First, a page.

Upcoming elections in Turkey will determine whether democracy in the country can rebound or will be replaced by one-man rule.
By MARC PIERINI, Carnegie Europe

Turkey’s next presidential and legislative elections, initially scheduled for November 3, 2019, have been brought forward to June 24, 2018. President Recep Tayyip Erdoğan’s latest electoral move illustrates his determination to secure another victory at the ballot box. It embodies a political strategy of survival, where all the instruments necessary to capture and keep absolute power are put to work.

Against the backdrop of the highly contested April 2017 constitutional referendum and the super-presidential system it ushered in, four preconditions for an election blitz have been laid in the past few weeks.

First, the reform of Turkey’s electoral law has given more control of ballot stations to government officials over party representatives. In addition, the customary double-stamping of ballot envelopes by local electoral boards will no longer be necessary, thereby removing an essential safeguard against fraud.

Second, in parallel, the country’s state of emergency has just been extended for the seventh time since July 2016, giving (among other things) authority to governors to control campaigning by authorizing political rallies (or not) and to move ballot stations at the last minute for security reasons. The situation is bound to favor the coalition currently in power, as it did in the 2017 referendum.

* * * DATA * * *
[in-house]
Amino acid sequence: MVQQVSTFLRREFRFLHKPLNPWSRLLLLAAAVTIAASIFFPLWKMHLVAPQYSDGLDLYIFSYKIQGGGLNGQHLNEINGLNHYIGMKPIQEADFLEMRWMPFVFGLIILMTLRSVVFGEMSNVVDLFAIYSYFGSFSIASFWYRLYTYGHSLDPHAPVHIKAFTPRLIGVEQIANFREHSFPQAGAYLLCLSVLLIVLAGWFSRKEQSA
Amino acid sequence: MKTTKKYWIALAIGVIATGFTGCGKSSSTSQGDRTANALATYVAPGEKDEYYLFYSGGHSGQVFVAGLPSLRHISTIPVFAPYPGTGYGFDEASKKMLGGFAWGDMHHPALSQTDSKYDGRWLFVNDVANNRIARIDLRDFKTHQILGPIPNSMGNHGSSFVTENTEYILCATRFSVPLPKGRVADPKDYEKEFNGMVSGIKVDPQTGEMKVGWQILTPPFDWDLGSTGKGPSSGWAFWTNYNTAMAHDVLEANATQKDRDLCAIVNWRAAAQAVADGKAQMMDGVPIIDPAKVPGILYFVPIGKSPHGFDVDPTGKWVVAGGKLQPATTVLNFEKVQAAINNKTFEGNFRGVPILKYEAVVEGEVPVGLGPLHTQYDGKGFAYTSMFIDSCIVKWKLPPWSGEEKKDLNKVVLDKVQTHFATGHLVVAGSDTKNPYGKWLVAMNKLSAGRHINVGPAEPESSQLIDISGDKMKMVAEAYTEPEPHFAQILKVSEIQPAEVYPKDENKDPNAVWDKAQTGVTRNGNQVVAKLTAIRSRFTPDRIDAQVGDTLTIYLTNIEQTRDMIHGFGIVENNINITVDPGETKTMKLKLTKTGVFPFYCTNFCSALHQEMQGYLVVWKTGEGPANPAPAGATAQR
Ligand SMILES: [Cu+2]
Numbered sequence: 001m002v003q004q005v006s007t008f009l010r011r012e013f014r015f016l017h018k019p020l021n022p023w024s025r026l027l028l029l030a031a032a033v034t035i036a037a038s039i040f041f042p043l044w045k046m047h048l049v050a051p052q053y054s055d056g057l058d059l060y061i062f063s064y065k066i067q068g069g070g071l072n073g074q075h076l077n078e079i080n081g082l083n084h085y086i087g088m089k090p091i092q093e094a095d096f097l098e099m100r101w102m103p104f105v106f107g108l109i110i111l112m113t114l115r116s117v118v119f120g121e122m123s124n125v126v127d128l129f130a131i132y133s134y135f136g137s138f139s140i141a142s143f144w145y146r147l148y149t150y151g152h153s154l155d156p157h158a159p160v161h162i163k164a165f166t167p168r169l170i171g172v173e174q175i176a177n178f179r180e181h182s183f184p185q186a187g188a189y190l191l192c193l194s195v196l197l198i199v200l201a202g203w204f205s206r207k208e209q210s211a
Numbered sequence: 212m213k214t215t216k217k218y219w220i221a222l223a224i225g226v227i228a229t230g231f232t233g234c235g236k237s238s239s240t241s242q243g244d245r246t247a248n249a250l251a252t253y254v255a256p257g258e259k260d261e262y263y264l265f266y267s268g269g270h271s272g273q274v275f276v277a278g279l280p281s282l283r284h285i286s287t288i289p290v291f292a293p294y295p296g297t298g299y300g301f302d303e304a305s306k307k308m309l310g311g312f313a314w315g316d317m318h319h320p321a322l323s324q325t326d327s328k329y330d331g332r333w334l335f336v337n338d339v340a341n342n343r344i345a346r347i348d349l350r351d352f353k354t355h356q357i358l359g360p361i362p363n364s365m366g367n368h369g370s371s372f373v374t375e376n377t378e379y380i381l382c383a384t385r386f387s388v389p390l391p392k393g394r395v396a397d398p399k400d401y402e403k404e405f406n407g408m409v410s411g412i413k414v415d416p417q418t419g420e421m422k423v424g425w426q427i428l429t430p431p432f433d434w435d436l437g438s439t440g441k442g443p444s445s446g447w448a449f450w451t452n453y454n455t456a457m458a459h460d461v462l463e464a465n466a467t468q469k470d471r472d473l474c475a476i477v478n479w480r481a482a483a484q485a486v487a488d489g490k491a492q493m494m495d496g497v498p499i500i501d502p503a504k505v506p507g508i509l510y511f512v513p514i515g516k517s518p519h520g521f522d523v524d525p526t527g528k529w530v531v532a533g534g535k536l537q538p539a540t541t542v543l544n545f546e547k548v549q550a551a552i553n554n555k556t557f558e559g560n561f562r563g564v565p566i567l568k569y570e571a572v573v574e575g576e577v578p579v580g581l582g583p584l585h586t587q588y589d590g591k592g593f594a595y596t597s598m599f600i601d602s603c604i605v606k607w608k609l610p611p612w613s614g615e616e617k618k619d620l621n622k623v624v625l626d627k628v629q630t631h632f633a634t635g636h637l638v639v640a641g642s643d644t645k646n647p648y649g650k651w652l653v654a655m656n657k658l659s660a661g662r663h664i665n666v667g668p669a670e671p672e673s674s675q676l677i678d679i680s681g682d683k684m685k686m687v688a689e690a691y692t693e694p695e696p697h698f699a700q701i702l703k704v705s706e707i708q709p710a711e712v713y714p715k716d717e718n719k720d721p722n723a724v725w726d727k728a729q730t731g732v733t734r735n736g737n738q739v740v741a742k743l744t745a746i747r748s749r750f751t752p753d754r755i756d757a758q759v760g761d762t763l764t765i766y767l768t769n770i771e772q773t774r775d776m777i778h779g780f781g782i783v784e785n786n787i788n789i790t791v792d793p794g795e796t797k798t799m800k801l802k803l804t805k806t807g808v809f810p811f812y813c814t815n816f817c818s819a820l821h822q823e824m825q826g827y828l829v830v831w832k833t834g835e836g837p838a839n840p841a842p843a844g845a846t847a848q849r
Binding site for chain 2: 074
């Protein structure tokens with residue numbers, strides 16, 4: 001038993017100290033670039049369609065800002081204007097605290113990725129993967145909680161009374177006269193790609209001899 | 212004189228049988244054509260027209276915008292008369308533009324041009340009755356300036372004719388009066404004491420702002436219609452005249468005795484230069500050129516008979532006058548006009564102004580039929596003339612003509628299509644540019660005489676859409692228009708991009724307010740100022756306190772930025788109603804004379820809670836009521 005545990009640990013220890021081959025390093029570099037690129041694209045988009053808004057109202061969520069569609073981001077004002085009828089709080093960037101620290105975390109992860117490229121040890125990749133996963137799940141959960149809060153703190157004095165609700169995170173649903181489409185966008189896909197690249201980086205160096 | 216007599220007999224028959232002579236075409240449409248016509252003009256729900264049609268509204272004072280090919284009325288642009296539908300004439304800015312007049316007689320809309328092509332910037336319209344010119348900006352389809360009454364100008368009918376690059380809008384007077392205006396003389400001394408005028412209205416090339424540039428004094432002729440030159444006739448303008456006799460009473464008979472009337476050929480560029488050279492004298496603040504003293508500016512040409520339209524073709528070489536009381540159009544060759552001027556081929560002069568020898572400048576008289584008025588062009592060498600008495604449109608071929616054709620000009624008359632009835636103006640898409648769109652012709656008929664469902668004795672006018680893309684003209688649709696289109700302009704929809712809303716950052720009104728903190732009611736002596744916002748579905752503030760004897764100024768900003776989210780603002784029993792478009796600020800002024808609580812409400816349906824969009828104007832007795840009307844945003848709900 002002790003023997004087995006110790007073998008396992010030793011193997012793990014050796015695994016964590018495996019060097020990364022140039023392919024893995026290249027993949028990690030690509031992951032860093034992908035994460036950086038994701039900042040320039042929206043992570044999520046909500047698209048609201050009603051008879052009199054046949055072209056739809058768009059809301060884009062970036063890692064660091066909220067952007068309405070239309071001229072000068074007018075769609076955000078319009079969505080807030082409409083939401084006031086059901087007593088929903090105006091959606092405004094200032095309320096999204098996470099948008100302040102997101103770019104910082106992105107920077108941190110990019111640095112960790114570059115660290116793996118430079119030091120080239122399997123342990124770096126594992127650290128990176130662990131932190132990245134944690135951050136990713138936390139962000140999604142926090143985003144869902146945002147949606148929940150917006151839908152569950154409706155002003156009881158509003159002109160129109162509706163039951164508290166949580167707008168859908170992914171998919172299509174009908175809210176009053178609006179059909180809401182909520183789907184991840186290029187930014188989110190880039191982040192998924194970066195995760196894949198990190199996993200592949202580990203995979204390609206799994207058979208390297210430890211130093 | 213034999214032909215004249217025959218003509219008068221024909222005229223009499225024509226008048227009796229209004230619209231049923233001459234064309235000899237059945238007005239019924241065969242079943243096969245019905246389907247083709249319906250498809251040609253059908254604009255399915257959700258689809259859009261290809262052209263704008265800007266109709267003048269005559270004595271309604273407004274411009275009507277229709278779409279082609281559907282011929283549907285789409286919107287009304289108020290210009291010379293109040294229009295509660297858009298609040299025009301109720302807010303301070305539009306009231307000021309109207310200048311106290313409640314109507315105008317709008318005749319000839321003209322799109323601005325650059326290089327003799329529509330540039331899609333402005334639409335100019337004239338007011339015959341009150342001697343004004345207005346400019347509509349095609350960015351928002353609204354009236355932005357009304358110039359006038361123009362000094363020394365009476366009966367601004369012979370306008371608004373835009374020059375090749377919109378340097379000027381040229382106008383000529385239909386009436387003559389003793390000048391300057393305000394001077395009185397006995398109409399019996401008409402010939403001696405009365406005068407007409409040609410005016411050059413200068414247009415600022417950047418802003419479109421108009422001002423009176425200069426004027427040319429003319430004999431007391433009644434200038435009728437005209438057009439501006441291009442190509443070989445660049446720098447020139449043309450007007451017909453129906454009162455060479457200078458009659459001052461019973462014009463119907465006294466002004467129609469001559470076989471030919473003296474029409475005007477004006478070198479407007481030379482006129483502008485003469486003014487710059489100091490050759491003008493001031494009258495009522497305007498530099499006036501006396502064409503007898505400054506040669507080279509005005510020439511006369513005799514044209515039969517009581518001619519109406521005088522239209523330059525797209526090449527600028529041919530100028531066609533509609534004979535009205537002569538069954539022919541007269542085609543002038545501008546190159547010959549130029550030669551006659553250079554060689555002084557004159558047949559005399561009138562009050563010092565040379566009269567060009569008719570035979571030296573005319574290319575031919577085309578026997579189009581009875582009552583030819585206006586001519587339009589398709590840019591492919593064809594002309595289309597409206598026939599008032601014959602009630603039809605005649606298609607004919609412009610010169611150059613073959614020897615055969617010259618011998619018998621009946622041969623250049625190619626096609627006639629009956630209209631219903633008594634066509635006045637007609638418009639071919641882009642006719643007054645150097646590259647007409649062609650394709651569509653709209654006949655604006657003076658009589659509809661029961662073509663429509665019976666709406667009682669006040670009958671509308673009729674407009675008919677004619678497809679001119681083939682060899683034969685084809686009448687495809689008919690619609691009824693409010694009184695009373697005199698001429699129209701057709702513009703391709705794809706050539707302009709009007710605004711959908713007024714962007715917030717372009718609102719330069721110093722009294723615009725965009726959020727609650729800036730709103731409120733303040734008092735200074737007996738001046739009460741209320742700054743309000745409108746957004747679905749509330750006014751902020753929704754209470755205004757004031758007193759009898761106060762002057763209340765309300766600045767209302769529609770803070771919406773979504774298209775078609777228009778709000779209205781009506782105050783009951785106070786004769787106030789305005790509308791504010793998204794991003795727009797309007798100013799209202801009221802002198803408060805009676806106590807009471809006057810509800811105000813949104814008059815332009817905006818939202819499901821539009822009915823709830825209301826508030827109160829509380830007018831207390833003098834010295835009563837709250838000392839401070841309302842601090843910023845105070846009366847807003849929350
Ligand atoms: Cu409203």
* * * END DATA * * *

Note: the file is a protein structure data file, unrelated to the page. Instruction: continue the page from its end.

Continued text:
Third, the jailing of Peoples’ Democratic Party (HDP) deputies, mayors, and cadres—or stripping their deputies of their parliamentary mandate—is crippling the HDP by removing its best voices from the political stage. Osman Baydemir, one of the most prominent Kurdish deputies, has just been kicked out of parliament and therefore will not be able to run.

Finally, favorable sales of media groups to government-friendly businesses (the Doğan Group, for example, has just changed hands) is extending the government’s grip on the press.  

On these solid foundations, the tactical decision to bring forward the elections by sixteen months entails multiple benefits.

Holding the presidential and legislative elections before municipal votes—the latter remain scheduled for March 2019—will avoid backlash from the predictable loss of municipalities like İzmir, Ankara, and perhaps even Istanbul. Similarly, holding the elections before a foreseeable meltdown of central bank reserves and impending U.S. sanctions against Halkbank as an outcome of the Zarrab case, which exposed the infamous Iran sanction-busting scheme involving Erdogan’s close allies, will help dodge adverse political consequences.

Another “precaution” involves painting all unfavorable economic and financial news as conspiracies, a tactic employed by Ankara specifically surrounding the Zarrab case but also more routinely when rating agencies, international banks, or the exchange rate weigh negatively on the Turkish economy.

Simultaneously, the Turkish leadership is riding the nationalist wave in the wake of the popular military incursion in the northern Syrian district of Afrin. In addition, there have been several recent incidents with foreign powers, including holding U.S. citizens hostage in Turkey and making threats against Greece over territorial disputes in the Aegean.